As shown in Figure 15, the ISPRS Vaihingen corpus provided qualitative segmentation comparison between SwinTF and decoder designs (SwinTF-PSP, SwinTF-FPN, and SwinTF-UNet) and the SOTA baseline (an enhanced GCN). The results of the FPN decoder design exhibited more precise segmentation for smaller objects, e.g., the car and tree (classes). Moreover, the PSP decoder design achieved more integrated segmentation on oversized objects, e.g., impervious surfaces. The number at epoch 99 was picked as a pretrained weight for validation and transfer learning procedures.
In Figure 16, there was a more profound disparity (hill) in the validation data of “SwinTF-PSP” than that in the baseline, Figure 16a. In addition, Figure 16b and Figure 17b show the four learning lines viz. a c c u r a c y , p r e c i s i o n , r e c a l l , and F 1 lines. The loss line of the “SwinTF-PSP” model appeared deceived (very soft) more than the traditional method in Figure 17a. The number at epoch 95 was picked as a pretrained weight for validation and transfer learning procedures.
Figure 9. Comparisons between our proposed methods and baseline for the TH-Isan Landsat-8 corpus testing set.
Figure 9. Comparisons between our proposed methods and baseline for the TH-Isan Landsat-8 corpus testing set.
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Figure 10. Graph (learning curves): on TH-Isan Landsat-8, the proposed approach, and SwinTF-PSP (a) Plot of model loss (cross-entropy) on training and testing corpora; (b) performance plot on the testing corpus.
Figure 10. Graph (learning curves): on TH-Isan Landsat-8, the proposed approach, and SwinTF-PSP (a) Plot of model loss (cross-entropy) on training and testing corpora; (b) performance plot on the testing corpus.
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Figure 11. Graph (learning curves): TH-Isan Landsat-8 corpus, the baseline approach, and SwinTF (a) Plot of model loss (cross-entropy) on training and testing corpora; (b) performance plot on the testing corpus.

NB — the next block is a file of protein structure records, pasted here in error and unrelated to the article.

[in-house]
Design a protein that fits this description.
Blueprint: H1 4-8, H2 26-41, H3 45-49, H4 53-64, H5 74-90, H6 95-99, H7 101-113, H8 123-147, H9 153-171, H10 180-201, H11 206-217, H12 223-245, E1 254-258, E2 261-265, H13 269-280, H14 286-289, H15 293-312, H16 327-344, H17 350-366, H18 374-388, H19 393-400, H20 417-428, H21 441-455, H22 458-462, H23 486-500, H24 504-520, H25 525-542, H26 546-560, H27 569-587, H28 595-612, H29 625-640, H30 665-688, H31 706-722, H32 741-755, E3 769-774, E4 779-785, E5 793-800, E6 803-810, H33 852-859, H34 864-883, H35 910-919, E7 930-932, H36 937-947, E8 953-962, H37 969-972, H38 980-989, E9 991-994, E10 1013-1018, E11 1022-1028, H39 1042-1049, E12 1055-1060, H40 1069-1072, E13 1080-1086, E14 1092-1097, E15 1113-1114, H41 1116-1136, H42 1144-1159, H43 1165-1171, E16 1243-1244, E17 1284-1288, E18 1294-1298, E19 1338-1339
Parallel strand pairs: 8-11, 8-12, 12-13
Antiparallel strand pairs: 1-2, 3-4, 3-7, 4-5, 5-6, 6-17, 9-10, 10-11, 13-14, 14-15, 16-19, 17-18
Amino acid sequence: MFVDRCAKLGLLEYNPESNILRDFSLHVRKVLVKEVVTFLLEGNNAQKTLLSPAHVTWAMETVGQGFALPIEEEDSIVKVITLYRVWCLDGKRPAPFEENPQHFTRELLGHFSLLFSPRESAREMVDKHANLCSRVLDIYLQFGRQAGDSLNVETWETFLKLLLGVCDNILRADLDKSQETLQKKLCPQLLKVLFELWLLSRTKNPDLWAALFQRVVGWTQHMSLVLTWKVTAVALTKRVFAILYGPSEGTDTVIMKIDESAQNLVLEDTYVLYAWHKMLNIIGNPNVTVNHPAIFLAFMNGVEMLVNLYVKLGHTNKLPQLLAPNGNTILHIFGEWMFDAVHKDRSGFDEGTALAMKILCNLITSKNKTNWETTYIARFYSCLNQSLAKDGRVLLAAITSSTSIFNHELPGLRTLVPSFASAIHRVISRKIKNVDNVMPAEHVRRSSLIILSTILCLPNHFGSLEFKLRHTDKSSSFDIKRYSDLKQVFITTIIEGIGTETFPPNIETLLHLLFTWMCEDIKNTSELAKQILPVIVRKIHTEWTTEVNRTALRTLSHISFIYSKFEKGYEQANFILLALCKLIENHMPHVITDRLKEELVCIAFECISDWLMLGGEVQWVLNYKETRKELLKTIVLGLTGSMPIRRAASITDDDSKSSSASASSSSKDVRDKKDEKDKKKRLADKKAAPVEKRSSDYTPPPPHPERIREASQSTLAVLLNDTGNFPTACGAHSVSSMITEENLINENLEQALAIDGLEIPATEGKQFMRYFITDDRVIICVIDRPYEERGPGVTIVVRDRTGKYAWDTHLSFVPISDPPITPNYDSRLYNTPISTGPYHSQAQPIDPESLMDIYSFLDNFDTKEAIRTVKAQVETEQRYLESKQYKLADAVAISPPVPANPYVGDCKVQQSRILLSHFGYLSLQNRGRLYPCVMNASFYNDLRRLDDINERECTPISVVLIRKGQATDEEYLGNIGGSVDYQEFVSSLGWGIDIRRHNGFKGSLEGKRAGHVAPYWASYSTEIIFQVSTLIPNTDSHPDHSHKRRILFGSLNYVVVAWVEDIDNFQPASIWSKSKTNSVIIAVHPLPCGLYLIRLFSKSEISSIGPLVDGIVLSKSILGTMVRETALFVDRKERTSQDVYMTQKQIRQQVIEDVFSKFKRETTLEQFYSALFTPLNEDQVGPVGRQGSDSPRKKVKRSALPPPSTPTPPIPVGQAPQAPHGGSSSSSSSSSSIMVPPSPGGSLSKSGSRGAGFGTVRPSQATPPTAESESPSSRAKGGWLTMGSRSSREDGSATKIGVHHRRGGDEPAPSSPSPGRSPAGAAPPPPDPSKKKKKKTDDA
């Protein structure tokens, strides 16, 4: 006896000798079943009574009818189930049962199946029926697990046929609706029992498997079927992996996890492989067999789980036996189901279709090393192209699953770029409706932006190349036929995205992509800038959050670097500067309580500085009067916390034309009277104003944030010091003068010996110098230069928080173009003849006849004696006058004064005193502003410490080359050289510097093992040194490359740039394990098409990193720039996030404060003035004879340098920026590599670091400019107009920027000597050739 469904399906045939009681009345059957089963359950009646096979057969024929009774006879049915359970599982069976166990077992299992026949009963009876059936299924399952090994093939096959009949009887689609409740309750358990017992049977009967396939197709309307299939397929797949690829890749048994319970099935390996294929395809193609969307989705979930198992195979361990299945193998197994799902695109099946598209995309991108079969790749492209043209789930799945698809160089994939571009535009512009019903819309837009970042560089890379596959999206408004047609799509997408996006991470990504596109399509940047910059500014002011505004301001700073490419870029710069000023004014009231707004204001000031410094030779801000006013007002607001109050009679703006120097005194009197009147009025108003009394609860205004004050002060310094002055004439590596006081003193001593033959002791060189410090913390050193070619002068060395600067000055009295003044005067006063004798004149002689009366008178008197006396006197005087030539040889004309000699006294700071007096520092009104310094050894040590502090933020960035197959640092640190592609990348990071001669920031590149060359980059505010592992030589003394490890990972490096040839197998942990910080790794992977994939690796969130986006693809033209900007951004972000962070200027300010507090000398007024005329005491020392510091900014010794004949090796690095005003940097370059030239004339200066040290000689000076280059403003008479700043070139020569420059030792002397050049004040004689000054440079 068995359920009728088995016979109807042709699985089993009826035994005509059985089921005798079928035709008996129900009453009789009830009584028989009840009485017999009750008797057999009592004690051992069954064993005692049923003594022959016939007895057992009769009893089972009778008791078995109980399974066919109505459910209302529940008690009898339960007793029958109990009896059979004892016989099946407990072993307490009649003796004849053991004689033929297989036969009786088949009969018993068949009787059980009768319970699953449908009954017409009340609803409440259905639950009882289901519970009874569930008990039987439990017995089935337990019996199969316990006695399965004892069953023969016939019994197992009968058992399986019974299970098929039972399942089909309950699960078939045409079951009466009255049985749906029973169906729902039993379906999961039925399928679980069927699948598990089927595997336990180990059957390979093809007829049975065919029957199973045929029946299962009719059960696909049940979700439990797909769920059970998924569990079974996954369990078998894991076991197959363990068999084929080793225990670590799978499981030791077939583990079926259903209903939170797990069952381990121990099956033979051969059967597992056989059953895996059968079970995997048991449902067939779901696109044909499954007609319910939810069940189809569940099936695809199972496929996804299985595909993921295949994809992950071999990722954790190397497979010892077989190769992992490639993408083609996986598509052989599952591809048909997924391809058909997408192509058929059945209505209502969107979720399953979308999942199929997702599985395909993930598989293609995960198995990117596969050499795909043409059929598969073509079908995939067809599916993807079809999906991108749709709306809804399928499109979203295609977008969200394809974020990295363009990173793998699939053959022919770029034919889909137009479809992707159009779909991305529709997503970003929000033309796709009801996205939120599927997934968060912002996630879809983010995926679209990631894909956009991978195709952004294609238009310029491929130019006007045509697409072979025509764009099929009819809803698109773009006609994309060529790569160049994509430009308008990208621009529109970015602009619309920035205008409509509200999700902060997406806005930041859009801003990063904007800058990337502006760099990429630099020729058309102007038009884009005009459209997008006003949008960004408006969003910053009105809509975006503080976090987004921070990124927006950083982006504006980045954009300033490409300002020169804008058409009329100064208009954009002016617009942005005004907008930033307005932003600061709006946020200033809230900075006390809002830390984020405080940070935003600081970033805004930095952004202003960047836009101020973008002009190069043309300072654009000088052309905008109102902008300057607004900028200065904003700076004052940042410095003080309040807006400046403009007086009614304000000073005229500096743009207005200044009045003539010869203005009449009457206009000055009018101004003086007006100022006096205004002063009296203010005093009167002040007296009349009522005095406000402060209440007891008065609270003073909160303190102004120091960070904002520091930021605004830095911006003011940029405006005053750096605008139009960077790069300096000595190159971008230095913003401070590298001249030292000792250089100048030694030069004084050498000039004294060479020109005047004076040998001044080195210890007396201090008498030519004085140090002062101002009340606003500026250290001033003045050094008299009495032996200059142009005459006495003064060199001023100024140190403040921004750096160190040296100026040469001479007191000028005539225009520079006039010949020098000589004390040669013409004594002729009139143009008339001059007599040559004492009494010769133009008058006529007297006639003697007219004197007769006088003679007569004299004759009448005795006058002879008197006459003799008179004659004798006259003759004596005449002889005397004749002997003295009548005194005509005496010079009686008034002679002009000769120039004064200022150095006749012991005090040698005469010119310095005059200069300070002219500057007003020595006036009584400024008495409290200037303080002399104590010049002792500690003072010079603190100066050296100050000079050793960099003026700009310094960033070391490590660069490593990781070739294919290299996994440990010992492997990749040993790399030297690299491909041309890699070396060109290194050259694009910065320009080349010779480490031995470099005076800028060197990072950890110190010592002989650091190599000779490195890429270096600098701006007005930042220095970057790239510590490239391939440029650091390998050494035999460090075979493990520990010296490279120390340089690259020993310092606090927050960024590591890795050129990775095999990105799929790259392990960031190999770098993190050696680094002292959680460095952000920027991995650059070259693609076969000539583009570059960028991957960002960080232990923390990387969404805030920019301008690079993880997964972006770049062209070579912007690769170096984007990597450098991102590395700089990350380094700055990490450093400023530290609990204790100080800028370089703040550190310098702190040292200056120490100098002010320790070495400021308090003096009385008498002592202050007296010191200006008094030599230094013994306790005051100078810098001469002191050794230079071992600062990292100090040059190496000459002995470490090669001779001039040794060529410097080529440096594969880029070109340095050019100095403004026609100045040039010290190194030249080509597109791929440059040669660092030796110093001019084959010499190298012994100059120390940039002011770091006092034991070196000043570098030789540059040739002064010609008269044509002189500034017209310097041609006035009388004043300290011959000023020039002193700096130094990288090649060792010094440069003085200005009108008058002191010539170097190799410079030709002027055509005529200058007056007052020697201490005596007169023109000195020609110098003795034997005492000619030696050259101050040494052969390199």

Figure 11. Graph (learning curves): TH-Isan Landsat-8 corpus, the baseline approach, and SwinTF (a) Plot of model loss (cross-entropy) on training and testing corpora; (b) performance plot on the testing corpus.
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Figure 12. Comparisons between our proposed methods and baseline for the TH-North Landsat-8 corpus testing set.
Figure 12. Comparisons between our proposed methods and baseline for the TH-North Landsat-8 corpus testing set.
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Figure 13. Graph (learning curves): TH-North Landsat-8 corpus, the proposed approach, and SwinTF-PSP (a) Plot of model loss (cross-entropy) on training and testing corpora; (b) performance plot on the testing corpus.
Figure 13. Graph (learning curves): TH-North Landsat-8 corpus, the proposed approach, and SwinTF-PSP (a) Plot of model loss (cross-entropy) on training and testing corpora; (b) performance plot on the testing corpus.
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Figure 14. Graph (learning curves): TH-North Landsat-8 corpus, the baseline approach, and SwinTF (a) Plot of model loss (cross-entropy) on training and testing corpora; (b) performance plot on the testing corpus.
Figure 14. Graph (learning curves): TH-North Landsat-8 corpus, the baseline approach, and SwinTF (a) Plot of model loss (cross-entropy) on training and testing corpora; (b) performance plot on the testing corpus.